ANATOMIC STAGE/PROGNOSTIC GROUPS CONTINUED C16.2 Adenocarcinoma Stage T N 0 IA IB IIA IIB IIIA Tis (HGD) N0 T1 T1 T2 T2 T3 T1–2 T1–2 T3 T4a T3 T4a T4b Any Any N0 N0 N0 N0 N0 N1 N2 N1 N0 N2 Body of stomach, proximal 5 cm only* M Grade M0 1, X M0 1–2, X M0 3 M0 1–2, X M0 3 M0 Any M0 Any M0 Any M0 Any M0 Any M0 Any *Note: If gastric tumor extends to or above esophagogastric junction. ICD-O-3 HISTOLOGY CODE RANGES 8000–8576, 8940–8950, 8980–8981 (C15 only) 8000–8152, 8154–8231, 8243–8245, 8247–8248, 8250–8576, 8940–8950, 8980–8981 (C16 only) IIIB IIIC N1–2 M0 Any Any M0 Any N3 M0 Any Any M1 Any IV INTRODUCTION Previous stage groupings of esophageal cancer were based on a simple, orderly arrangement of increasing pathologic anatomic T, then N, and then M classifications. In contrast, this revision is data driven, based on a risk- adjusted random-survival-forest analysis of worldwide data. The previous system was neither consistent with these data nor biologically plausible. Some explanations for the discrepancy relate to the interplay among T, N, and M, histopathologic type, biologic activity of the tumor (histologic grade), and location. The unique lymphatic anatomy of the esophagus links N to T, permit- ting lymph node metastases from superficial cancers (pT1); this renders prognosis similar to that of more advanced (higher pT) N0 cancers. Simi- larly, advanced cancers (higher pT) with a few positive nodes may have a similar prognosis to those of less advanced cancers (lower pT) with more positive nodes. Biologic activity of the cancer, reflected by histologic grade (G), modulates stage such that prognosis of well-differentiated (G1) higher- pT cancers is similar to that of less well-differentiated (G2–G4) lower-pT cancers. Previous staging recommendations ignored histopathologic type, but availability of data on a large mixture of adenocarcinoma and squamous cell carcinomas from around the world has permitted assessing the association of histopathologic type with survival. Although at first glance these multiple trade-offs seem to create a less orderly arrangement of cancer classifications within and among stage 130 American Joint Committee on Cancer • 2010
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ANATOMIC STAGE/PROGNOSTIC GROUPS CONTINUED C16.6 Stage IIIB T4b T4b T4a T3 T4b T4b T4a Any T N0 N1 N2 N3 N2 N3 N3 Any N M0 M0 M0 M0 M0 M0 M0 M1 C16.8 C16.9 Greater curvature of stomach, NOS Overlapping lesion of stomach Stomach, NOS Stage IIIC Stage IV ICD-O-3 HISTOLOGY CODE RANGES 8000–8152, 8154–8231, 8243–8245, 8247–8248, 8250–8576, 8940–8950, 8980–8990 INTRODUCTION Gastric cancer remains the fourth most common cancer worldwide and the second leading cause of cancer deaths (700,000 deaths annually worldwide). The highest rates of this disease continue to be in areas of Asia and Eastern Europe. Although gastric adenocarcinoma has declined significantly in the USA over the past 70 years, during the early twenty-first century an estimated 22,000 patients develop the disease each year, and of these patients, 13,000 will die, mainly because of nodal and metastatic disease present at the time of initial diagnosis. Trends in survival rates from the 1970s to the 1990s have unfortunately shown very little improvement. During the 1990s, 20% of gastric carcinoma cases were diagnosed while localized to the gastric wall, whereas 30% had evidence of regional nodal disease. Disease resulting from metastasis to other solid organs within the abdomen, as well as to extraab- dominal sites, represents 35% of all cases. Although overall 5-year survival is approximately 15–20%, the 5-year survival is approximately 55% when disease is localized to the stomach (Figure 11.1). The involvement of regional nodes reduces the 5-year survival to approximately 20%. A notable shift in the site of gastric cancer reflects a proportionate increase in disease of the proximal stomach over the past several decades. Previously, there was a predominance of distal gastric cancers presenting as mass lesions or ulceration. Although other malignancies occur in the stomach, approximately 90% of all gastric neoplasms are adenocarcino- mas. Tumors of the esophagogastric junction (EGJ) may be difficult to stage as either a gastric or an esophageal primary, especially in view of the increased incidence of adenocarcinoma in the esophagus that presumably results from acid reflux disease. ANATOMY Primary Site. The stomach is the first division of the abdominal portion of the alimentary tract, beginning at the esophagogastric junction and extend- ing to the pylorus. The proximal stomach is located immediately below the diaphragm and is termed the cardia. The remaining portions are the 146 American Joint Committee on Cancer • 2010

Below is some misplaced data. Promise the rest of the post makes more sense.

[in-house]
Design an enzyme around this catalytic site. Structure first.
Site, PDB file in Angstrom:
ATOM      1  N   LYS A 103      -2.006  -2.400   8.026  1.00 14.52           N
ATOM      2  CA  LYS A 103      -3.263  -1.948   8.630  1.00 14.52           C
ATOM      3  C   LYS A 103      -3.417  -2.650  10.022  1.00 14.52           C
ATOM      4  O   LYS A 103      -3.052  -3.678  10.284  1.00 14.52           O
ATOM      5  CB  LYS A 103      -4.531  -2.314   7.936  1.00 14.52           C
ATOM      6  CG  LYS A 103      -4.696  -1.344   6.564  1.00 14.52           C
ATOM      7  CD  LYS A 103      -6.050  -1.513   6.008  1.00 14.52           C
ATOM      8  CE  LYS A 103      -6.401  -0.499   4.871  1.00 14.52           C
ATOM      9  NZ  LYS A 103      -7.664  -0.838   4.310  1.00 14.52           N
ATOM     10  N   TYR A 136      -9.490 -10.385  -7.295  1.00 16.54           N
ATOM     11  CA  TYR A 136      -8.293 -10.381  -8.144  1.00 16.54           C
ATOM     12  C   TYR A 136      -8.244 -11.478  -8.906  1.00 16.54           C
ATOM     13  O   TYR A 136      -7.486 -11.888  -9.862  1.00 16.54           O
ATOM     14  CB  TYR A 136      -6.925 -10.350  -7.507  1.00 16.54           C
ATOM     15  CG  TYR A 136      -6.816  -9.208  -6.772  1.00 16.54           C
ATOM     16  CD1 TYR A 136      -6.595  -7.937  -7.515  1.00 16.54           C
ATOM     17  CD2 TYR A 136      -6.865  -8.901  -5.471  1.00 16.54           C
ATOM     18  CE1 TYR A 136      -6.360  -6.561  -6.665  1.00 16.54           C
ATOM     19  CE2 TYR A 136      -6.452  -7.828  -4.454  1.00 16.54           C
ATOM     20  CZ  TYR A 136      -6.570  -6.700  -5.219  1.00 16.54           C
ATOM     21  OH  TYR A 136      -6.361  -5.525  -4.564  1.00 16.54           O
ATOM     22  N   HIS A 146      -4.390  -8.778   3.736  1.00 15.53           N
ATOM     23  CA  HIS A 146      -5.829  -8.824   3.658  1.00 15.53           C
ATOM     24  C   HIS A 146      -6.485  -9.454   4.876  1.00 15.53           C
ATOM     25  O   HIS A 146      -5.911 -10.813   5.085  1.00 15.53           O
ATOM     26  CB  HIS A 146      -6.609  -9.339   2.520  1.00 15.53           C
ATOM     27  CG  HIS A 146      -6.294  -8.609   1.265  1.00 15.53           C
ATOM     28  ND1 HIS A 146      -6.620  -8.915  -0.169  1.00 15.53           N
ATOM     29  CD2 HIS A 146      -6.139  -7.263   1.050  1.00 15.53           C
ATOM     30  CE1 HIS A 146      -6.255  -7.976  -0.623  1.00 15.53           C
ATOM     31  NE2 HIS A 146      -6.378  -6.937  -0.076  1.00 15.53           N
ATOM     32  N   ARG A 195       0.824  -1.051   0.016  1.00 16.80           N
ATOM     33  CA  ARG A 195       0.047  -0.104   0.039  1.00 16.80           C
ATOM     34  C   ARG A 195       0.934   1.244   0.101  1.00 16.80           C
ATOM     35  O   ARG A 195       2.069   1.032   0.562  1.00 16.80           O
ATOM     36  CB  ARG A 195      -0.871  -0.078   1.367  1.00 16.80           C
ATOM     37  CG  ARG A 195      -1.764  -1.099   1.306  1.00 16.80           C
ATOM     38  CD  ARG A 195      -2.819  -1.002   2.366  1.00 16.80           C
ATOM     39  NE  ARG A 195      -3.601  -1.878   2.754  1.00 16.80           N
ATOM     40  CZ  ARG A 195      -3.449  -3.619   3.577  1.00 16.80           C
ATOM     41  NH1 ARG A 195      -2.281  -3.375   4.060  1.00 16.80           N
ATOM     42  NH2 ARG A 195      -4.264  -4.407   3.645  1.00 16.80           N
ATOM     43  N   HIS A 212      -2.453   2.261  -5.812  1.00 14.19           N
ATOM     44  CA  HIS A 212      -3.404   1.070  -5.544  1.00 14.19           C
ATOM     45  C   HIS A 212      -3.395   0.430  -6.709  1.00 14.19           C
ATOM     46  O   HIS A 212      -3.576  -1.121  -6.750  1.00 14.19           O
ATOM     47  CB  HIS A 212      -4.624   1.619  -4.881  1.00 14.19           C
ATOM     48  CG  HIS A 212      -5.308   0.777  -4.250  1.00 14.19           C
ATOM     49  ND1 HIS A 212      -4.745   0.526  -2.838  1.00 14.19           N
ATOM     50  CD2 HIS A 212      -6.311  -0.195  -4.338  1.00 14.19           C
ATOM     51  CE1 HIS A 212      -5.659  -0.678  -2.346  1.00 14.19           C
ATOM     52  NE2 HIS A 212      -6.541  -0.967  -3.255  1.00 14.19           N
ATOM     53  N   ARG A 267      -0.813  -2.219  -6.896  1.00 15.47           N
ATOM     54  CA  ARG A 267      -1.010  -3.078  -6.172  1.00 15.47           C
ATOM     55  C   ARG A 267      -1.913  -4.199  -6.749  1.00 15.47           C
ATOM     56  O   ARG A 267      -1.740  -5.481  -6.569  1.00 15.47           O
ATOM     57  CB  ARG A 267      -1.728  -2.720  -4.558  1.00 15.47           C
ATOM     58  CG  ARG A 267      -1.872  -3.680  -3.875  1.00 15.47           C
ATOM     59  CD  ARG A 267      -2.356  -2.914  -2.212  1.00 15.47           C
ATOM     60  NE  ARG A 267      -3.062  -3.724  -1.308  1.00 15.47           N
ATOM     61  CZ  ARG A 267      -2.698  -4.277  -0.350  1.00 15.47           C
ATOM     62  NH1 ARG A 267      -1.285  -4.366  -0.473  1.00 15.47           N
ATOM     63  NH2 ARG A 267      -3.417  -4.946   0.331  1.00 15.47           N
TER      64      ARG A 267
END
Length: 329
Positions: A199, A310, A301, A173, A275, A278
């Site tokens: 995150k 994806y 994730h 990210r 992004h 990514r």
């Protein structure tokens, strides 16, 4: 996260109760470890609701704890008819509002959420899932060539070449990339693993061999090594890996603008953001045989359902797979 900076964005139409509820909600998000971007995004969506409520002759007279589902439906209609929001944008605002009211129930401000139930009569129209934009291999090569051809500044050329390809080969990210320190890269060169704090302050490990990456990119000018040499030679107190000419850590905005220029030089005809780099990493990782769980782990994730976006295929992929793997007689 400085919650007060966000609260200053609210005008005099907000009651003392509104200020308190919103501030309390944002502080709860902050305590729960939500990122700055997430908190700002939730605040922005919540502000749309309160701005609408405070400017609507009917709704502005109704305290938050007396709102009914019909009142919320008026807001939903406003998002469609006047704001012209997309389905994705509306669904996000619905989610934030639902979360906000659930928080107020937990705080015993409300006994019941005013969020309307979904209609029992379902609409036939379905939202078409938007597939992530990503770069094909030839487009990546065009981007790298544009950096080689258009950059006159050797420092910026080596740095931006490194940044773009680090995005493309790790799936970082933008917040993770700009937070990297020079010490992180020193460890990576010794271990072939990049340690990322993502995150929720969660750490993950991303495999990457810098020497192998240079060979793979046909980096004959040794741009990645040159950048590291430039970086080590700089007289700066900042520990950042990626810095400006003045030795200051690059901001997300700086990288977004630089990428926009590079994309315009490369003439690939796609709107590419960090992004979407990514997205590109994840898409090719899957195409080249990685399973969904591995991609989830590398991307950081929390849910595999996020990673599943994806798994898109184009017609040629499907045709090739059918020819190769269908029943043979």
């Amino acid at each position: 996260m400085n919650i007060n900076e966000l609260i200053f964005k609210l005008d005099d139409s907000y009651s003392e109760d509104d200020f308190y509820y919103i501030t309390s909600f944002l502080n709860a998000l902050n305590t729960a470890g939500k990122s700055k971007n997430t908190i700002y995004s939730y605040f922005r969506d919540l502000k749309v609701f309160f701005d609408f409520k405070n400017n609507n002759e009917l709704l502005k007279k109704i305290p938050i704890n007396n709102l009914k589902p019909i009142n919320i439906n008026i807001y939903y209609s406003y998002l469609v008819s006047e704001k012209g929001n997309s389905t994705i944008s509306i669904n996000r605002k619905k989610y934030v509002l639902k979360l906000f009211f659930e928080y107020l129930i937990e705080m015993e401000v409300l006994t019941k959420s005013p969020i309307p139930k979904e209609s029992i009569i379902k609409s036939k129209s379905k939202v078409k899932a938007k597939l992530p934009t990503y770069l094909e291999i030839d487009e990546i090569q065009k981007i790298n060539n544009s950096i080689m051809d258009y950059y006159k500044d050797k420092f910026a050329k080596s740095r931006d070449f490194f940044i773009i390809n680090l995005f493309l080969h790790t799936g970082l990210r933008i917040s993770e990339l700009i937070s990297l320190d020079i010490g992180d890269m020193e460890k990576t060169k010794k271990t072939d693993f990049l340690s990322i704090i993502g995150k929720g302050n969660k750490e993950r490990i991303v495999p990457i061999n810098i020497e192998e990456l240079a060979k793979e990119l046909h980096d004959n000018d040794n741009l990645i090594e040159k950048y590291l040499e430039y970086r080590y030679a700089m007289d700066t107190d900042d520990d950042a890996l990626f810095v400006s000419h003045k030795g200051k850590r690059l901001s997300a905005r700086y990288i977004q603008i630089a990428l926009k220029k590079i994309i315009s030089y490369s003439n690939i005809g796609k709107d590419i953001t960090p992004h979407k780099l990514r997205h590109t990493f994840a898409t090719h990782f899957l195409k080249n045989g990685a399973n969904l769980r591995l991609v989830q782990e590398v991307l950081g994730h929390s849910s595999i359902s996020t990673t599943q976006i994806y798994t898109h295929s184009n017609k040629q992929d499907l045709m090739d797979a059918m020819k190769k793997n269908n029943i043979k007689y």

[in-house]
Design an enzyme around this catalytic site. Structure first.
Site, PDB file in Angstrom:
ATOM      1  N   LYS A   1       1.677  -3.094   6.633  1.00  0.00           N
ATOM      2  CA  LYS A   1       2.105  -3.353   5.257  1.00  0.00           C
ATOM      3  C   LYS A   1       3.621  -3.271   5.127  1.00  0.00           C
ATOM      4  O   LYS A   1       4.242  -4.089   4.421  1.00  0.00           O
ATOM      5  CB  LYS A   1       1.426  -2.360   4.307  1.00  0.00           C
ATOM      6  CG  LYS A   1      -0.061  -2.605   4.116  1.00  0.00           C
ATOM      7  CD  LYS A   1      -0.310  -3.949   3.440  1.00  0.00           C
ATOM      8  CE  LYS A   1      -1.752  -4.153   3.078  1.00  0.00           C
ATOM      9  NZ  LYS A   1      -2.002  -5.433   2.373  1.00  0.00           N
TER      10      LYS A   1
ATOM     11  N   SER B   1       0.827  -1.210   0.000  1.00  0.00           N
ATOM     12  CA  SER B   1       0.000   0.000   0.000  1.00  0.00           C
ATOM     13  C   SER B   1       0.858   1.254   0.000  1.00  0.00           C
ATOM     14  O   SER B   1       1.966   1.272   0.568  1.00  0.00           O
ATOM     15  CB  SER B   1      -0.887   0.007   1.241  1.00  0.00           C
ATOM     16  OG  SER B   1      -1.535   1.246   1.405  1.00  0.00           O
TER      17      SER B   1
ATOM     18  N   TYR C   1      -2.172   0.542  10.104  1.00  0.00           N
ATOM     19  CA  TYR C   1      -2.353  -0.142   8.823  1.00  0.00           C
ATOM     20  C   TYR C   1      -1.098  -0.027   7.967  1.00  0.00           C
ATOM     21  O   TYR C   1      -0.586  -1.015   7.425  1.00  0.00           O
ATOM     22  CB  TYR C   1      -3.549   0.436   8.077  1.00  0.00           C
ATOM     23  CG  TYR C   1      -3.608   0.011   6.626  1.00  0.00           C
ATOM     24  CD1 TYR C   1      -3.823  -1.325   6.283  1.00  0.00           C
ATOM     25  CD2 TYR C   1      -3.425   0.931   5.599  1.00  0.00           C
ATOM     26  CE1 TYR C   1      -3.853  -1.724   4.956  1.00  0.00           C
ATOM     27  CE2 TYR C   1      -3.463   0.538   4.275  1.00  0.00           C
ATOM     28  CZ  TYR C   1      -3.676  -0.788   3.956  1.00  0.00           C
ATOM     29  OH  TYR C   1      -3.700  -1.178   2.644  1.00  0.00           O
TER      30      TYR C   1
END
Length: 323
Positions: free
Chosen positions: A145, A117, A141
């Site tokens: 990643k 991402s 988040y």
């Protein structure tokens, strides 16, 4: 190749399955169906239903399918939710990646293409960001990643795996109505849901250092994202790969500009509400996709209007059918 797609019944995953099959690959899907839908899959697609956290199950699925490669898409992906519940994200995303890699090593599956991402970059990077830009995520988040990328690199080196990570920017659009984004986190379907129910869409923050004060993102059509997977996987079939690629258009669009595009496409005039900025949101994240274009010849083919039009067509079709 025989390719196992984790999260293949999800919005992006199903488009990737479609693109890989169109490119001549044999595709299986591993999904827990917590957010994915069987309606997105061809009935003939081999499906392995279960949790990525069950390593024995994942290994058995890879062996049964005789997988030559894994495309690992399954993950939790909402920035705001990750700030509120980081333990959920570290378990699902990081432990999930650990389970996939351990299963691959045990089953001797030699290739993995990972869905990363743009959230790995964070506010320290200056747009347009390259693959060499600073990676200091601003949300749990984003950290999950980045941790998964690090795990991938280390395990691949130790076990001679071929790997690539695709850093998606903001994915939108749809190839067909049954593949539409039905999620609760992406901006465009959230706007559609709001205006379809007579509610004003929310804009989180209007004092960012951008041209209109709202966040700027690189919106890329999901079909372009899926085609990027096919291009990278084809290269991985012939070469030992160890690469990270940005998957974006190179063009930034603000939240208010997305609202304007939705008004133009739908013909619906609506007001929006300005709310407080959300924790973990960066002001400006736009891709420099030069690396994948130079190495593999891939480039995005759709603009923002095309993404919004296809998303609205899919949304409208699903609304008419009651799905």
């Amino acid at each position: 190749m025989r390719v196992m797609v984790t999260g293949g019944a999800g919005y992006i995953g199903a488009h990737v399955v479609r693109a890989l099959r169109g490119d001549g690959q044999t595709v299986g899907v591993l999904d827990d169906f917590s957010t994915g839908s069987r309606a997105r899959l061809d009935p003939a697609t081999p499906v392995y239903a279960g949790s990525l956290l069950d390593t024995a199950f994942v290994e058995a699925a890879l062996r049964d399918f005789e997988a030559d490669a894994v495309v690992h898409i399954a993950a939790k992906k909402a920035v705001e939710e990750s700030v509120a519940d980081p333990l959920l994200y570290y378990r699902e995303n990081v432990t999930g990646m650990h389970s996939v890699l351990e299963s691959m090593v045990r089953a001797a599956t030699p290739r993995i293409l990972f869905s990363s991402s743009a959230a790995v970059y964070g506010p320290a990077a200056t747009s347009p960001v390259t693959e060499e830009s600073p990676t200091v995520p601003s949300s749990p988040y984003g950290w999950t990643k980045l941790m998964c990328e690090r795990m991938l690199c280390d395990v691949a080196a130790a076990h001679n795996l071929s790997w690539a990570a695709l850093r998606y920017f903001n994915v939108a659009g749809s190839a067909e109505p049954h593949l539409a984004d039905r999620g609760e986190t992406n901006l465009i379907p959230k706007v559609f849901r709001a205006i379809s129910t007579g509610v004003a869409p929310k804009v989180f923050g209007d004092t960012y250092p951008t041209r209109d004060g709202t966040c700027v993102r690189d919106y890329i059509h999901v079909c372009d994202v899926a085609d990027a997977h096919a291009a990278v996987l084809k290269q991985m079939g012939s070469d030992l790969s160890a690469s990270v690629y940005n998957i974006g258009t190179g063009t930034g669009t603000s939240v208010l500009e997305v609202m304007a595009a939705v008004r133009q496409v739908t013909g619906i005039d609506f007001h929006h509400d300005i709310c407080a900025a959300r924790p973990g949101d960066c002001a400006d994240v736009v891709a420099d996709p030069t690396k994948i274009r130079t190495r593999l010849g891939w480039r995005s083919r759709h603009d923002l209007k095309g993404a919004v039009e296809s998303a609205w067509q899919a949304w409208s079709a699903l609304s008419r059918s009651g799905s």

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12 Small Intestine (Lymphomas, carcinoid tumors, and visceral sarcomas are not included) At-A-Glance SUMMARY OF CHANGES T1 lesions have been divided into T1a (invasion of lamina propria) and T1b (invasion of submucosa) to facilitate comparison with tumors of other gastrointestinal sites Stage II has been subdivided into Stage IIA and Stage IIB The N1 category has been changed to N1 (1–3 positive lymph nodes) and N2 (four or more positive lymph nodes), leading to the division of Stage III into Stage IIIA and Stage IIIB ICD-O-3 TOPOGRAPHY CODES C17.0 Duodenum C17.1 Jejunum C17.2 Ileum C17.8 Overlapping lesion of small intestine C17.9 Small intestine, NOS ICD-O-3 HISTOLOGY CODE RANGES 8000–8152, 8154–8231, 8243–8245, 8247–8248, 8250–8576, 8940–8950, 8980–8981 ANATOMIC STAGE/PROGNOSTIC GROUPS Stage 0 Stage I Stage IIA Stage IIB Stage IIIA Stage IIIB Stage IV Tis T1 T2 T3 T4 Any T Any T Any T N0 N0 N0 N0 N0 N1 N2 Any N M0 M0 M0 M0 M0 M0 M0 M1 INTRODUCTION Although the small intestine accounts for one of the largest surface areas in the human body, it is one of the least common cancer sites in the diges- tive system, accounting for less than 2% of all malignant tumors of the gastrointestinal tract. A variety of tumors occur in the small intestine, with approximately 25–50% of the primary malignant tumors being adeno- carcinomas, depending upon the population surveyed. At the beginning of the twenty-first century, approximately 5,600 new cases of cancer involving the small intestine are seen annually in the USA. The 1,100 deaths predicted Small Intestine 12 153